Schumer: Leadership trying to work out competing surprise medical bill measures

Schumer: Leadership trying to work out competing surprise medical bill measures
© Greg Nash

Senate Minority Leader Charles SchumerChuck SchumerManchin on reported boos at Democratic luncheon: 'I heard a lot of nos' Wisconsin GOP quietly prepares Ron Johnson backup plans Senate infrastructure talks spill over into rare Sunday session MORE (D-N.Y.) said Tuesday that congressional leadership is trying to work out differences between competing measures to protect patients from getting hit with massive, “surprise” medical bills. 

The effort is a rare area for possible bipartisan action this year, given that lawmakers in both parties and President TrumpDonald TrumpSenators introduce bipartisan infrastructure bill in rare Sunday session Gosar's siblings pen op-ed urging for his resignation: 'You are immune to shame' Sunday shows - Delta variant, infrastructure dominate MORE say that patients should be protected from getting medical bills for thousands of dollars when they go to the emergency room and one of the doctors in the facility happens to be outside their insurance network.

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But the push has set off a lobbying onslaught from hospitals and doctors who warn that the leading approach in Congress would result in damaging cuts to their payments. 

The competing factions will likely have to be brought together in some fashion if legislation is to pass. 

Sources say that Schumer is sympathetic to the concerns raised by hospitals to the bill that passed out of the Senate Health Committee in June and was led by Sens. Lamar AlexanderLamar AlexanderAuthorities link ex-Tennessee governor to killing of Jimmy Hoffa associate The Republicans' deep dive into nativism Senate GOP faces retirement brain drain MORE (R-Tenn.) and Patty MurrayPatricia (Patty) Lynn MurrayDemocrats consider scaling back new funds to fight next pandemic Tech executives increased political donations amid lobbying push Schumer, Tim Scott lead as Senate fundraising pace heats up MORE (D-Wash.).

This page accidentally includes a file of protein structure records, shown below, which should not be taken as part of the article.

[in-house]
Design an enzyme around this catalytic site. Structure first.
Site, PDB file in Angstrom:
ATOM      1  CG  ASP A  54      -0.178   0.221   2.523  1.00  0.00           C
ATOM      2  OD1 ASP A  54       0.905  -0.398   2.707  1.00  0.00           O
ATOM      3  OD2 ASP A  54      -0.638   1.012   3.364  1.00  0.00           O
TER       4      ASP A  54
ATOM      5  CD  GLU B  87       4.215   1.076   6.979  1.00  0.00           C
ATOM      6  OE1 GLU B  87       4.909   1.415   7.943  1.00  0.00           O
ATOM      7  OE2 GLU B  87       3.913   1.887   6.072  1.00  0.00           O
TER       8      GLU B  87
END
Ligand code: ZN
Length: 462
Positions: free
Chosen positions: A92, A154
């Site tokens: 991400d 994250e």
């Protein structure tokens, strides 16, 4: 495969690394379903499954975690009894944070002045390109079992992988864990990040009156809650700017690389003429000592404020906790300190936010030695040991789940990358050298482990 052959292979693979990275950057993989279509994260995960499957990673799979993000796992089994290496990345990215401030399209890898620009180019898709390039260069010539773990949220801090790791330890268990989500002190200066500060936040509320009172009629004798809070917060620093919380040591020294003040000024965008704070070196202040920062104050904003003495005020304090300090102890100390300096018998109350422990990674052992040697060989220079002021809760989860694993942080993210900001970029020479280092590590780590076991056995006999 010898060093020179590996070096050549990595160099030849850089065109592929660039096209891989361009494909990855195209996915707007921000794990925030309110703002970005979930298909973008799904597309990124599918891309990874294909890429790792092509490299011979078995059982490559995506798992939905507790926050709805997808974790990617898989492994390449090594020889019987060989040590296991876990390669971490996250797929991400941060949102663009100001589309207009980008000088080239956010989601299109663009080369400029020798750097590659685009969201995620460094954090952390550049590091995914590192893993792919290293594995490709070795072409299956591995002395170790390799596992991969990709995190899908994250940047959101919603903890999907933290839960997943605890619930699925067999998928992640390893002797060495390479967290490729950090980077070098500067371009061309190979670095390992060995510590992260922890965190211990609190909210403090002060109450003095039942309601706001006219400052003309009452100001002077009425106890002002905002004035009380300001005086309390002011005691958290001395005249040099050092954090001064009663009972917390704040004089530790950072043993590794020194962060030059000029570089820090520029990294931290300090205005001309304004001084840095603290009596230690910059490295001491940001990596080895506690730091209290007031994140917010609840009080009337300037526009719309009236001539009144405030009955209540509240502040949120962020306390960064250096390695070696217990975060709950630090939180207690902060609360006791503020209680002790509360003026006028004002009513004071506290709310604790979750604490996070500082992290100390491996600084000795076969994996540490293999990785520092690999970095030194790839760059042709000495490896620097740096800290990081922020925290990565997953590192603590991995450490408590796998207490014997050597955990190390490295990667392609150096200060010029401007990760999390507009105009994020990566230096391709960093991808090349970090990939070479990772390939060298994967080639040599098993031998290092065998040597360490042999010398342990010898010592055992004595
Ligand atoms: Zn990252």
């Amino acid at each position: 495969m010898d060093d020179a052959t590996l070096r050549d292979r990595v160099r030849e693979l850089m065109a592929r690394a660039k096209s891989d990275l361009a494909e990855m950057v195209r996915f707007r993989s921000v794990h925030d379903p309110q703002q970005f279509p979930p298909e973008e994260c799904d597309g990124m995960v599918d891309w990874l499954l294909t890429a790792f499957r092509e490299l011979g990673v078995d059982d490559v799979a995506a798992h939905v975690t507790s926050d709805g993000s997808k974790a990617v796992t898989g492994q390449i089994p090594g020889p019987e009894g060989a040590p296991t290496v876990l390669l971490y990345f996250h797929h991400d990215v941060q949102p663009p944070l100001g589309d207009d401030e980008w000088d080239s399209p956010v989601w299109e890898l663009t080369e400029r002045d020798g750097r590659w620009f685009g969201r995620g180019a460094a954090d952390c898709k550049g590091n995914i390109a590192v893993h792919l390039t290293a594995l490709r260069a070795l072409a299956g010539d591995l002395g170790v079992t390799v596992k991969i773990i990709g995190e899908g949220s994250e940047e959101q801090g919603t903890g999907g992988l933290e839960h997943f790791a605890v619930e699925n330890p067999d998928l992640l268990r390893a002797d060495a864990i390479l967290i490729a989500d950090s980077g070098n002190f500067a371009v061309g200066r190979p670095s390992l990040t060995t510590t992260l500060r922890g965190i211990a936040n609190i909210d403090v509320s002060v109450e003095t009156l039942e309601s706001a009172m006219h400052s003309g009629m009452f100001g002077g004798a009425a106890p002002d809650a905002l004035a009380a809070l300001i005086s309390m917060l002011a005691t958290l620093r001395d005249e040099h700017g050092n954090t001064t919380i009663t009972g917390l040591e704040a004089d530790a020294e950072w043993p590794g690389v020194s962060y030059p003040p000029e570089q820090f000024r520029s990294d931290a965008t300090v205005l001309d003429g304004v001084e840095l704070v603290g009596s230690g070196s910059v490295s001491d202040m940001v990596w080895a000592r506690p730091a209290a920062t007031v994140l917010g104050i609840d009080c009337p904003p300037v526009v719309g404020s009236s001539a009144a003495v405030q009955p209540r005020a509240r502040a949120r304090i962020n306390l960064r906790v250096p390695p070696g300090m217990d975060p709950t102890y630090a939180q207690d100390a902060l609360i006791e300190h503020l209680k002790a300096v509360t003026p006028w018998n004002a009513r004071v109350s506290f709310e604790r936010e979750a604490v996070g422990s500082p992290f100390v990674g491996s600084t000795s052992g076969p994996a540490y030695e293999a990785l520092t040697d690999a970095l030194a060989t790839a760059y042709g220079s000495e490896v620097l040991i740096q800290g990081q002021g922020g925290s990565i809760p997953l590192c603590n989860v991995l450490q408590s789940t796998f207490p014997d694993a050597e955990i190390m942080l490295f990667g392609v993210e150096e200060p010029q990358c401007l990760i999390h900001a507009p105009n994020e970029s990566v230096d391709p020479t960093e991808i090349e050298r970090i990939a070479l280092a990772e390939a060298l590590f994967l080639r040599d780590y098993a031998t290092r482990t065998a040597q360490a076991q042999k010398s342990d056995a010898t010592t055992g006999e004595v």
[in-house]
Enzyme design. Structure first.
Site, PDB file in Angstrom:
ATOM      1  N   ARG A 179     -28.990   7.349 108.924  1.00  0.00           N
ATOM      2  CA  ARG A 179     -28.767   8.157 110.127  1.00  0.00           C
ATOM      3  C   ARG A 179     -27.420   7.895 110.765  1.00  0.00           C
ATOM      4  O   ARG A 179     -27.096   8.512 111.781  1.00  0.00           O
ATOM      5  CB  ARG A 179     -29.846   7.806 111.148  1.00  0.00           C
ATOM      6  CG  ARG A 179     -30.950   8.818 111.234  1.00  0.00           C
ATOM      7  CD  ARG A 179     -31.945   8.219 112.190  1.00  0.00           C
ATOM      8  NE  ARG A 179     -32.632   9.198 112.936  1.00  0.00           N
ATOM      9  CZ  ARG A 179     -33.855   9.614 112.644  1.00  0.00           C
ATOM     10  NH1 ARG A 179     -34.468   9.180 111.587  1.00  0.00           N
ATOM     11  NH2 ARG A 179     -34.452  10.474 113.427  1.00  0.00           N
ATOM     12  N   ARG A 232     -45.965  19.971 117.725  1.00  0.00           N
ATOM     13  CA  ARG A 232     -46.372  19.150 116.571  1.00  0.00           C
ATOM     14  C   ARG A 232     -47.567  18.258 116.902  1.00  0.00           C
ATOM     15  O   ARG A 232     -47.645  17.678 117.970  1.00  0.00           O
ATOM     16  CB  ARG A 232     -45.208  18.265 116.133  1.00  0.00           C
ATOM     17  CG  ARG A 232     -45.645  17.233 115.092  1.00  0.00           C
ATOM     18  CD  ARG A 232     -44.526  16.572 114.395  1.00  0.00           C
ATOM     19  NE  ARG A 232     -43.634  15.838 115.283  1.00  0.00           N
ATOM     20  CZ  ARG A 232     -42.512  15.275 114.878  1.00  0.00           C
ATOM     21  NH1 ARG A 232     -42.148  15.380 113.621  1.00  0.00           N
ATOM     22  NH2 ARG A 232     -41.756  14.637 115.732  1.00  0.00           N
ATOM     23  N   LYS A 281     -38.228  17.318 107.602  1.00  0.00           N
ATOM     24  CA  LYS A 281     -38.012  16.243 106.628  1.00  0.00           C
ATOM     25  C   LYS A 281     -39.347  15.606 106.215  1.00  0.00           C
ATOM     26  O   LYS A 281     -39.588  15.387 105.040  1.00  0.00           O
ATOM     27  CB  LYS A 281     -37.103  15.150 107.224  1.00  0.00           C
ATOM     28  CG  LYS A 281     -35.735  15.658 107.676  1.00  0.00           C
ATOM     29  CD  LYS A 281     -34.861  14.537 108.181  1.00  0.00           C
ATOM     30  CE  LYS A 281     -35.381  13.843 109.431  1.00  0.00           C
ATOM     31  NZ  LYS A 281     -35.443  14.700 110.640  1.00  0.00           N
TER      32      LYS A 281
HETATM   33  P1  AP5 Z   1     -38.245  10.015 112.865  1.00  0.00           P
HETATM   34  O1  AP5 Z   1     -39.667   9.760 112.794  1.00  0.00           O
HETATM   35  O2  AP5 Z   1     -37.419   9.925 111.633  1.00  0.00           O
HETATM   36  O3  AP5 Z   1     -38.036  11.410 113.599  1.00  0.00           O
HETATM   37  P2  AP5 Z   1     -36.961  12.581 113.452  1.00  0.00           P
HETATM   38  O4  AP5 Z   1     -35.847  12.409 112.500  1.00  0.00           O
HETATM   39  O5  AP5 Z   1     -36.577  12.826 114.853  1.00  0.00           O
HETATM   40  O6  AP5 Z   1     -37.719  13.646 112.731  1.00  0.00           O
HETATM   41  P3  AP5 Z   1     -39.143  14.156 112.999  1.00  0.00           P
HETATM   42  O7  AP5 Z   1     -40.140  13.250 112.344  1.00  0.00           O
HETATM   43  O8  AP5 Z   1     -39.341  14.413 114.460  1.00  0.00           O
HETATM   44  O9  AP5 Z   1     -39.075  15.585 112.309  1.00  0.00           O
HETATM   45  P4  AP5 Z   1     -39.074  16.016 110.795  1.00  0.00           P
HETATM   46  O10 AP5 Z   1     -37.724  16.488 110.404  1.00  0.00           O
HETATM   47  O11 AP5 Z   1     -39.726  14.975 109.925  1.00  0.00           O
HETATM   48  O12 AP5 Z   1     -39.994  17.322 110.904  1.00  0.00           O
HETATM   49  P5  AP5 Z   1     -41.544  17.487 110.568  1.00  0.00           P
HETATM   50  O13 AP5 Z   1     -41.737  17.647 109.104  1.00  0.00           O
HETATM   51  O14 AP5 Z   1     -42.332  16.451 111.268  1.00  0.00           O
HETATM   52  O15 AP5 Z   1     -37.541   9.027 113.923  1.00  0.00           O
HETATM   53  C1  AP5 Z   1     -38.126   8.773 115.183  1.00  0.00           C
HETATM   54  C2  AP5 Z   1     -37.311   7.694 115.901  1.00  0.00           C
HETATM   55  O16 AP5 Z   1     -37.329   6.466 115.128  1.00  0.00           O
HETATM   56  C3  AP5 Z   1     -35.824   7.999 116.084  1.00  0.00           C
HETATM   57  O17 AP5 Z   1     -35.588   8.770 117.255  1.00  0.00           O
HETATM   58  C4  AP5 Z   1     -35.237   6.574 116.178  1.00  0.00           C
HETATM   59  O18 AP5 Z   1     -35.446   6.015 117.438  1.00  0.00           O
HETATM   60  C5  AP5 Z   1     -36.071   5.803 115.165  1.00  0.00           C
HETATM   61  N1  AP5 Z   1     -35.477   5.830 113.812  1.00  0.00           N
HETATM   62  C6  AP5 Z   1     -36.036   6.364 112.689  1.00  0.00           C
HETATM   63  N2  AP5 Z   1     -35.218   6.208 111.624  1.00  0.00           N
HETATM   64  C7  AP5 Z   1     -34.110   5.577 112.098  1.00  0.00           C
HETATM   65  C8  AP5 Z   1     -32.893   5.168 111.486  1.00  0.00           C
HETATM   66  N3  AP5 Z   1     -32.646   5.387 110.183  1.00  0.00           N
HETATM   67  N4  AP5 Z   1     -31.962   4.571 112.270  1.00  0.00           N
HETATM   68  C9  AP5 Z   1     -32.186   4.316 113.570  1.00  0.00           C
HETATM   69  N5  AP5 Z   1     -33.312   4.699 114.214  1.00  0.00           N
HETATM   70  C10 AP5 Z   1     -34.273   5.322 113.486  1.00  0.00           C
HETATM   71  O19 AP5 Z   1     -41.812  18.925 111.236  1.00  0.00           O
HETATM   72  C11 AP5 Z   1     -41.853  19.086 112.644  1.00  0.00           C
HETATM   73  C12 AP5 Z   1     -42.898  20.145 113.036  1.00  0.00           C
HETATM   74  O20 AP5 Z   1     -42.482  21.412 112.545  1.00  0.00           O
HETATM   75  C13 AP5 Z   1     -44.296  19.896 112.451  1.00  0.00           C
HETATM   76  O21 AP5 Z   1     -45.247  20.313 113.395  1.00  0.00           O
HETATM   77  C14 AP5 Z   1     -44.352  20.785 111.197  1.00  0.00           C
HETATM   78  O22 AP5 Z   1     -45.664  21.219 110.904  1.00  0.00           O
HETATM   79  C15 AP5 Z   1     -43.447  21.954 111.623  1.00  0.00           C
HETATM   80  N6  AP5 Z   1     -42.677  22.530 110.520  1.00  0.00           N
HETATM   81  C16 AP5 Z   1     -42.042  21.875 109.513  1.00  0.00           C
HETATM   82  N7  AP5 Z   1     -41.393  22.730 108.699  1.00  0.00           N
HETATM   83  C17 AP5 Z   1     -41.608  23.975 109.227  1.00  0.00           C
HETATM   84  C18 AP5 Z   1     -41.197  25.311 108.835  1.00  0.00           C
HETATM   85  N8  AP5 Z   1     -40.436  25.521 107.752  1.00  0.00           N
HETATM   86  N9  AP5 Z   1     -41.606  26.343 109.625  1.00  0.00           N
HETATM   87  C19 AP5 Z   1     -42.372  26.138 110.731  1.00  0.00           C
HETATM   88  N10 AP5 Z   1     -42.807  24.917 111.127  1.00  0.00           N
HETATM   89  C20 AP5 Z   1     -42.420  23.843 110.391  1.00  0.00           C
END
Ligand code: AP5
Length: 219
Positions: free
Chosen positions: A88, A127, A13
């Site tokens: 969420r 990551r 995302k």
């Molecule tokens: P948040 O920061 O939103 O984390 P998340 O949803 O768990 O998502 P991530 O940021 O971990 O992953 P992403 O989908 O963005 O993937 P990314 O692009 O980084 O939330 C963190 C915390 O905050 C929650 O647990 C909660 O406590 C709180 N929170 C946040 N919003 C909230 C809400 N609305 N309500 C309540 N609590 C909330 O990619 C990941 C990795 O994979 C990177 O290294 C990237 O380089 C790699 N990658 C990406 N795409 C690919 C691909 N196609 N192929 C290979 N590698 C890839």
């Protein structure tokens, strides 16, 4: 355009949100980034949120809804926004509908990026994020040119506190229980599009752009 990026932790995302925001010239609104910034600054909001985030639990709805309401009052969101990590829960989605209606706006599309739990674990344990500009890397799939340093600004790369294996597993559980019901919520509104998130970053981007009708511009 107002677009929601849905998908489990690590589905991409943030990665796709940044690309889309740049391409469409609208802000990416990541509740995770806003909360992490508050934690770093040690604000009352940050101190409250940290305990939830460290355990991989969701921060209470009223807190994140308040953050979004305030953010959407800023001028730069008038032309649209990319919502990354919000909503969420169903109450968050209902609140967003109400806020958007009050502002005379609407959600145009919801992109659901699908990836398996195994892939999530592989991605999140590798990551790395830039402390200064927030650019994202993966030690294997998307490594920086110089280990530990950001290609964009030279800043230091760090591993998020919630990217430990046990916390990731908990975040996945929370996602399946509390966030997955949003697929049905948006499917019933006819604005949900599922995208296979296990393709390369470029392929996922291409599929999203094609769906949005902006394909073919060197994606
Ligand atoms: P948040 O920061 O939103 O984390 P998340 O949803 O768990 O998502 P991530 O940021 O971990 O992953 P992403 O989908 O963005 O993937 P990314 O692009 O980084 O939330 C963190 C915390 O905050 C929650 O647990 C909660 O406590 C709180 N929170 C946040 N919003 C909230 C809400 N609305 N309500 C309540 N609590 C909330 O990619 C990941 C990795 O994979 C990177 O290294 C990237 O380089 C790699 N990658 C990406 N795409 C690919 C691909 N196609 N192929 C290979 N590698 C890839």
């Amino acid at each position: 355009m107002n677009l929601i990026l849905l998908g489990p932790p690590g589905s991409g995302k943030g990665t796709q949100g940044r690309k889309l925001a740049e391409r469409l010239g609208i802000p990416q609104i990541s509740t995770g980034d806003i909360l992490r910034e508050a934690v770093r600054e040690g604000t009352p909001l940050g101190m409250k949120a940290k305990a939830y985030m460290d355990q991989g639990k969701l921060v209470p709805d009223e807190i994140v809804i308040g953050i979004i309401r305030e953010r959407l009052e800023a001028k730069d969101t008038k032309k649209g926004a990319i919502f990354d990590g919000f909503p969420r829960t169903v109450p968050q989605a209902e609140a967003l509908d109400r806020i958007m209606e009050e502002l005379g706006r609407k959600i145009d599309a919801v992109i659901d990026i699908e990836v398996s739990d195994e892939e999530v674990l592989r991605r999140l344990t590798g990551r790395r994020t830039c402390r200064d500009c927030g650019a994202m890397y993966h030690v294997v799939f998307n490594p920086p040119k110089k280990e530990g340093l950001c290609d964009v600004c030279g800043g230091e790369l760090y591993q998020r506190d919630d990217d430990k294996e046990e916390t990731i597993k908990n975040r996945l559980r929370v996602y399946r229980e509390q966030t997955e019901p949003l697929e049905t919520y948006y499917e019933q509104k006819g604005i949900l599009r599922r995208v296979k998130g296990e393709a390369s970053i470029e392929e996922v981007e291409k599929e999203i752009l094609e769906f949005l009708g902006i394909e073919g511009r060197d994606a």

The Greater New York Hospital Association, in Schumer’s home state, is one of the leading opponents of that bill. 

Asked on Tuesday if he supported the Senate Health Committee's bill and about the hospital association's concerns, Schumer did not take a side but said that lawmakers are trying to work out the dispute.

“I think we have to do something about surprise billing, and there are two different proposals, and I think the leadership is working that out,” Schumer said. 

The dispute is centered on the details of how much the insurer will pay to the doctor or hospital once the patient is taken out of the middle. The Senate Health Committee bill essentially sets the rate that the insurer will pay the doctor, whereas doctors and hospitals support a competing idea that would allow an outside arbitrator to set the price. 

Experts have warned that the proposals backed by hospitals and doctors could drive up health care costs. 

Sen. Bill CassidyBill CassidySenators introduce bipartisan infrastructure bill in rare Sunday session Optimism grows that infrastructure deal will get to Biden's desk Biden's bipartisan deal faces Senate gauntlet MORE (R-La.) said Monday that staff members are having “intense meetings” to try to work out an agreement. Staff for the House Energy and Commerce Committee, which also has a bill, is meeting with the Senate Health Committee to try to work out an agreement, and backers are trying to get the measure included in a government funding package in December.